Encyclopedia of Evolutionary Psychological Science

Living Edition
| Editors: Todd K. Shackelford, Viviana A. Weekes-Shackelford

Adaptationist Program, The

  • Max KrasnowEmail author
  • Danielle Truxaw
Living reference work entry
DOI: https://doi.org/10.1007/978-3-319-16999-6_1858-1

Synonyms

Definition

An approach to testing theories about species-typical traits that focusses on the fit between an organism’s traits and relevant features of that species’ ancestral ecology.

Introduction

How do birds know when to fly south? How do they find their way? How do people learn to speak and read? When are they generous? When are they cruel?

When studying these and other questions about the nature of naturally selected organisms, one can gain a distinct advantage by considering the ecology in which the organism’s ancestors evolved and what problems they faced. The adaptationist program offers a framework and approach for testing theories about naturally selected organisms.

The Adaptationist Framework

An adaptationist does not assume or purport that all (or even most) features of organisms are adaptations. An organism, or the “nature” of a species (e.g., “human nature”), can be dissected into an infinite number of features (e.g., having...

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References

  1. Gould, S. J., & Lewontin, R. C. (1979). The spandrels of San Marco and the Panglossian paradigm: A critique of the adaptationist programme. Proceedings of the Royal Society of London Series B, Biological Sciences, 205(1161), 581–598.CrossRefPubMedGoogle Scholar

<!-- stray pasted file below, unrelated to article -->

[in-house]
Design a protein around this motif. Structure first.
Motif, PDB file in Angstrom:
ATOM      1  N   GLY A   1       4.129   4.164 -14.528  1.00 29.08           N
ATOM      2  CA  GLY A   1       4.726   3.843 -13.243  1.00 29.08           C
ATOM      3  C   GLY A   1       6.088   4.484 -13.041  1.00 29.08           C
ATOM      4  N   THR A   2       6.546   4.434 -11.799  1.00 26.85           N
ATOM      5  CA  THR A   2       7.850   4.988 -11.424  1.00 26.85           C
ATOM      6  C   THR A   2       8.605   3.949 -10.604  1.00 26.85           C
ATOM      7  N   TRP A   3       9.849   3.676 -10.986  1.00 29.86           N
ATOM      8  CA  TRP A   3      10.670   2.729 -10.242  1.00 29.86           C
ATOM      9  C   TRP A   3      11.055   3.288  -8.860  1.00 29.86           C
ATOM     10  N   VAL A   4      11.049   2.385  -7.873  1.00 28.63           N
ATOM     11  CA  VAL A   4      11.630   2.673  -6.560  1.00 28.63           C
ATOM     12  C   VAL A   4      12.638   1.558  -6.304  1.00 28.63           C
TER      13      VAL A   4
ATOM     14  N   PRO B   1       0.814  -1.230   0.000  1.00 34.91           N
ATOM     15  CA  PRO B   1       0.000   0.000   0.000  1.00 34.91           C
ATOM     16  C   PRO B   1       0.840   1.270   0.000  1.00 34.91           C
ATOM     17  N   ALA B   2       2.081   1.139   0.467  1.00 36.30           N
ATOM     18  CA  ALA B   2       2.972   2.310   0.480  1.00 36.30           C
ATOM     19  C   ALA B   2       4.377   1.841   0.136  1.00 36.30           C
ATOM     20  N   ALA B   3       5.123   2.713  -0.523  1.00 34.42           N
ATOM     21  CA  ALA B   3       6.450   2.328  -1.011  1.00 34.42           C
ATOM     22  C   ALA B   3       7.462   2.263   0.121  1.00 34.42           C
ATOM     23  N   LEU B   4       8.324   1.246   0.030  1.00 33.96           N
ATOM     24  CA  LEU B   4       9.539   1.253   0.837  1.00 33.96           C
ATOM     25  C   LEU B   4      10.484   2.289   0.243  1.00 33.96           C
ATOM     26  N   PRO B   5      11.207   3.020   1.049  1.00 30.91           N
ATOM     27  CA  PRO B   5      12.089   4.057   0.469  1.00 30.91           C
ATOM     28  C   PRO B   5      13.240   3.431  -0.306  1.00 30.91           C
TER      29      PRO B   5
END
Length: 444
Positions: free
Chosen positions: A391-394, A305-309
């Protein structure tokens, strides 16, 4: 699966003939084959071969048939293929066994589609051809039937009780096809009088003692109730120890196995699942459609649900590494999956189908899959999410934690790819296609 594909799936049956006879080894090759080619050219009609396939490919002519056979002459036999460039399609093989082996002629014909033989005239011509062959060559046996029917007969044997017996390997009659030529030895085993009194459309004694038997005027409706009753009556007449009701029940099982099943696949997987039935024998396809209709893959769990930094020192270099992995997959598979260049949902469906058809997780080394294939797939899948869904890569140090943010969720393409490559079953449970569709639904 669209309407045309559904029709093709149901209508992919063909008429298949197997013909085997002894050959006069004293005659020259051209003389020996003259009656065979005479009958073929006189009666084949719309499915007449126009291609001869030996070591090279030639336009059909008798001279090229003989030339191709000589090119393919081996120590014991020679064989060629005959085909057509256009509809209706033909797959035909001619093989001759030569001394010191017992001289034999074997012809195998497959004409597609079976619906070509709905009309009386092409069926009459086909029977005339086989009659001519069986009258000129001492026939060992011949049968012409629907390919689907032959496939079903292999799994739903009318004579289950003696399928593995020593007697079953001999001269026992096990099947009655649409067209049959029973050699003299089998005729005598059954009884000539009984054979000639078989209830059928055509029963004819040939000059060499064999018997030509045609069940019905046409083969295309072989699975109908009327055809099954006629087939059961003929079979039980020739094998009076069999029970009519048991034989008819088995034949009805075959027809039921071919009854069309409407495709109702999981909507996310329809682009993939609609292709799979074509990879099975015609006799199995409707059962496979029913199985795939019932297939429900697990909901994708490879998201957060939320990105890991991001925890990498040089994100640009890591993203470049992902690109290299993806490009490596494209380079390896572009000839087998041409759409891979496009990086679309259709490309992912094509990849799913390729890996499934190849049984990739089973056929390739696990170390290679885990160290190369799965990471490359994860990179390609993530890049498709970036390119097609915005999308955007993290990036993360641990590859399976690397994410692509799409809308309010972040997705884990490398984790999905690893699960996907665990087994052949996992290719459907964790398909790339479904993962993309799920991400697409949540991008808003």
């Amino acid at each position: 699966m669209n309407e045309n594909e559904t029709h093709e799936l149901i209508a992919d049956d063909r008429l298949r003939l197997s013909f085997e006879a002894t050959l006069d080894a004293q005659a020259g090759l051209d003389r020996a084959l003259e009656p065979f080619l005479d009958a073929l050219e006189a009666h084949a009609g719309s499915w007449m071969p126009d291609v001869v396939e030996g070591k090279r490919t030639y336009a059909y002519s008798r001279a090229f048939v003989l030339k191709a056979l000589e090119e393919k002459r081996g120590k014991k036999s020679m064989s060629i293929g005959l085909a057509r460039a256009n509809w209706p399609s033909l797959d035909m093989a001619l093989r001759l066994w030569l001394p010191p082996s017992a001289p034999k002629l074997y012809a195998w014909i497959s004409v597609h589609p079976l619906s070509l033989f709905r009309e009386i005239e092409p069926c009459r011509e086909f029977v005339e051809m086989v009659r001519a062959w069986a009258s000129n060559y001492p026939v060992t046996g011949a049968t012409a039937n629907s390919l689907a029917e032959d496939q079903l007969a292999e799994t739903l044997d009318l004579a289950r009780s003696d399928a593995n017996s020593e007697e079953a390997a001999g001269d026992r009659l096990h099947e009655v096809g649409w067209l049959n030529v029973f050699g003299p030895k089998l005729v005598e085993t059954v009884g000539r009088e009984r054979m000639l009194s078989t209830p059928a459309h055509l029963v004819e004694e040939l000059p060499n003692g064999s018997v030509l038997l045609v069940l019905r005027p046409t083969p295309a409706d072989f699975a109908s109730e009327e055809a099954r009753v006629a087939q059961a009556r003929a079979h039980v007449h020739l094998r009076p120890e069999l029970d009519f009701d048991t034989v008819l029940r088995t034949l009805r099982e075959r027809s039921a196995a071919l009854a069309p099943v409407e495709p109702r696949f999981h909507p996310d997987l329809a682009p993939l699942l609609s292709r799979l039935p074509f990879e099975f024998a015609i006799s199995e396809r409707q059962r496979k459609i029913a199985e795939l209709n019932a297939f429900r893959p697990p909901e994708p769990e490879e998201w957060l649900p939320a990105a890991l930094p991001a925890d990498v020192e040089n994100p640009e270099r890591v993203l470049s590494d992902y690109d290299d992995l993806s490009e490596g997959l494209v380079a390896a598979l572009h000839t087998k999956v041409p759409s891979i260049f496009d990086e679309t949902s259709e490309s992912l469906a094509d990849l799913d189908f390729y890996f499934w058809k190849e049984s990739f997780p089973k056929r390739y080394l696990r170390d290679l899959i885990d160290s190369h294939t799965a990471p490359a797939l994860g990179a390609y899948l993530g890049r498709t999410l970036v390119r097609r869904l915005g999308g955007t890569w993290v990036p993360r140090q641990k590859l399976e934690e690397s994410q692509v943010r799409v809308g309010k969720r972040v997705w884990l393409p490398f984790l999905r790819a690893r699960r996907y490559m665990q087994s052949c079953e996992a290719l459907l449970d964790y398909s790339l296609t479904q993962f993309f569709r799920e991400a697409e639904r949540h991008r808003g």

2. Tooby, J., & Cosmides, L. (1992). The psychological foundations of culture. In J. H. Barkow, L. Cosmides, & J. Tooby (Eds.), The adapted mind: Evolutionary psychology and the generation of culture (pp. 19–136). New York: Oxford University Press.Google Scholar
  3. Tooby, J., & DeVore, I. (1987). The reconstruction of hominid behavioral evolution through strategic modeling. In W. G. Kinzey (Ed.), The evolution of human behavior: Primate models (pp. 187–237). Albany: State University of New York Press.Google Scholar
  4. Williams, G. C. (1966). Adaptation and natural selection. Princeton: Princeton University Press.Google Scholar

Copyright information

© Springer International Publishing AG 2017

Authors and Affiliations

  1. 1.Harvard UniversityCambridgeUSA

Section editors and affiliations

  • Gary L Brase
    • 1
  1. 1.Department of Psychological SciencesKansas State UniversityManhattanUSA